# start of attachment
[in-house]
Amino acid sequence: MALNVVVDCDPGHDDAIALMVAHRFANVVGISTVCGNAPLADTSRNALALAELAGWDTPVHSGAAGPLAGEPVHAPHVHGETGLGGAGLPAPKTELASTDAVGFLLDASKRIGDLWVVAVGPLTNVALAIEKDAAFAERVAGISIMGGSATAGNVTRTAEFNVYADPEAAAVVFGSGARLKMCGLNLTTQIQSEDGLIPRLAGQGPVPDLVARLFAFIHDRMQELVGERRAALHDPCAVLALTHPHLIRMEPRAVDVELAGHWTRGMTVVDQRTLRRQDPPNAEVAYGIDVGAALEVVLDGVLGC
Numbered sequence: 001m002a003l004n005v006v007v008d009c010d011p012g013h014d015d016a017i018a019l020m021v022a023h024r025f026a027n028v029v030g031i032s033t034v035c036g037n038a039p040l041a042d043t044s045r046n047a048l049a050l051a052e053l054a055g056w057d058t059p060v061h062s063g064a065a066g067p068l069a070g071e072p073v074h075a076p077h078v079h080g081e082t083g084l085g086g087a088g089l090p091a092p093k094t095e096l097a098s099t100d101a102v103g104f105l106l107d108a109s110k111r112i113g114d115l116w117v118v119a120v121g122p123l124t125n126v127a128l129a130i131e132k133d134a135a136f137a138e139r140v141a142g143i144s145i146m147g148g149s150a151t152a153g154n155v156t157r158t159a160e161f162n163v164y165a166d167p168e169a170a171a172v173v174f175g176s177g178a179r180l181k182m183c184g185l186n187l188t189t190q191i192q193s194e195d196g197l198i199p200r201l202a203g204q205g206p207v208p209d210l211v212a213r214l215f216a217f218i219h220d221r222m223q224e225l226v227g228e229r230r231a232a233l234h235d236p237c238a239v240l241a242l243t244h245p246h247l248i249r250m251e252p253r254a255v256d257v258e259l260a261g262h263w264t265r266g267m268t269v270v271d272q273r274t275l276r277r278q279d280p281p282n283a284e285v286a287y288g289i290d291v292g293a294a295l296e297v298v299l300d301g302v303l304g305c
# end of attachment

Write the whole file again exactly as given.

[in-house]
Amino acid sequence: MALNVVVDCDPGHDDAIALMVAHRFANVVGISTVCGNAPLADTSRNALALAELAGWDTPVHSGAAGPLAGEPVHAPHVHGETGLGGAGLPAPKTELASTDAVGFLLDASKRIGDLWVVAVGPLTNVALAIEKDAAFAERVAGISIMGGSATAGNVTRTAEFNVYADPEAAAVVFGSGARLKMCGLNLTTQIQSEDGLIPRLAGQGPVPDLVARLFAFIHDRMQELVGERRAALHDPCAVLALTHPHLIRMEPRAVDVELAGHWTRGMTVVDQRTLRRQDPPNAEVAYGIDVGAALEVVLDGVLGC
Numbered sequence: 001m002a003l004n005v006v007v008d009c010d011p012g013h014d015d016a017i018a019l020m021v022a023h024r025f026a027n028v029v030g031i032s033t034v035c036g037n038a039p040l041a042d043t044s045r046n047a048l049a050l051a052e053l054a055g056w057d058t059p060v061h062s063g064a065a066g067p068l069a070g071e072p073v074h075a076p077h078v079h080g081e082t083g084l085g086g087a088g089l090p091a092p093k094t095e096l097a098s099t100d101a102v103g104f105l106l107d108a109s110k111r112i113g114d115l116w117v118v119a120v121g122p123l124t125n126v127a128l129a130i131e132k133d134a135a136f137a138e139r140v141a142g143i144s145i146m147g148g149s150a151t152a153g154n155v156t157r158t159a160e161f162n163v164y165a166d167p168e169a170a171a172v173v174f175g176s177g178a179r180l181k182m183c184g185l186n187l188t189t190q191i192q193s194e195d196g197l198i199p200r201l202a203g204q205g206p207v208p209d210l211v212a213r214l215f216a217f218i219h220d221r222m223q224e225l226v227g228e229r230r231a232a233l234h235d236p237c238a239v240l241a242l243t244h245p246h247l248i249r250m251e252p253r254a255v256d257v258e259l260a261g262h263w264t265r266g267m268t269v270v271d272q273r274t275l276r277r278q279d280p281p282n283a284e285v286a287y288g289i290d291v292g293a294a295l296e297v298v299l300d301g302v303l304g305c